After the ceremony we left on a trolley to Smithville to party! The theme of the wedding was “adventure” because Nick and I always say that we are adventure buddies. And we handmade everything for the wedding. We are both architects, so we knew we could do it.

Our invitations, made by hand, included a map of the Jersey Shore with all the significant places to the wedding and to us. Our favors were honey jars made from our own honey that we harvested the weekend before the wedding from our beehive. The table that displayed the honey also displayed birdhouses that Nick had made for me when we were dating.

I wrote all the table assignments on panes of glass from old windows, and the tables were named after different national parks. Nick and his dad built wooden crates for the centerpieces,  and we filled them with flowers and fresh peaches. We told everyone to take home a peach with their honey.

Our sweetheart table had handcrafted signs that I painted as well as more crates. Nick’s mom and I made a quilt together that had Disney’s Up house on it. That became our “guest quilt,” where everyone signed in on a balloon. And finally, we painted a mailbox like the one from Up where guests placed their cards.

My favorite flowers are sunflowers and succulents, so there were plenty throughout the whole wedding. We took photos all over Smithville, a cute, historic town with many photo opportunities. And our wedding band kept everyone dancing all night.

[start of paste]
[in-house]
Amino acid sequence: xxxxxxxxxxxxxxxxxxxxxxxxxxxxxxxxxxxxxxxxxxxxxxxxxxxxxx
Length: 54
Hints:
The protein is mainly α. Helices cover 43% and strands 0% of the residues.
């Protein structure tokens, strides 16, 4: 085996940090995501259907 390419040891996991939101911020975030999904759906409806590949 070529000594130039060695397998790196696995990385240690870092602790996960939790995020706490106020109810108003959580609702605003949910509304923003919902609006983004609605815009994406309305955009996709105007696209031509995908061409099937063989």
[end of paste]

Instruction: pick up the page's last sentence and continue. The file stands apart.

In short, our wedding day was amazing, and I thank God everyday for it. I couldn’t wait to live life with Nick and build on the foundation we built on Christ.

For our honeymoon a month later, we travelled to Rome and Switzerland after my friend Gabriella’s wedding with her and her new husband. In Rome, we attended the Sposi Novelli blessing at the Pope’s general audience. Again, I was praying to Padre Pio that we would get to meet the Pope, but there were so many couples there that it seemed unlikely.

They started gathering all of the couples, and we found ourselves in the wrong spot. It seemed like we wouldn’t get to meet him. I told Gabriella and our husbands that we should stand on a shorter rail that I spotted. I thought even if we wouldn’t meet him, we could at least get a better view.

That short rail ended up being the gate to let all the couples into the main area for everyone to gather. So we were the first ones through! When we got our spot, I realized I had lost my Padre Pio rosary. Gabriella told me not to worry, that Padre Pio was with us anyway. But when we looked down, I saw the rosary had somehow landed in the spot we were going to stand in!

When we met the Pope, we told him we were praying for him and that he needed to rebuild the church. Gabriella and I got pretty emotional about this, so he spent a long time with us saying that he would, and that we needed to keep praying too.

It was one of the most special experiences of our lives to receive the Pope’s blessing. Nick and I have had the most incredible year, and it is all because of God and his perfect plan.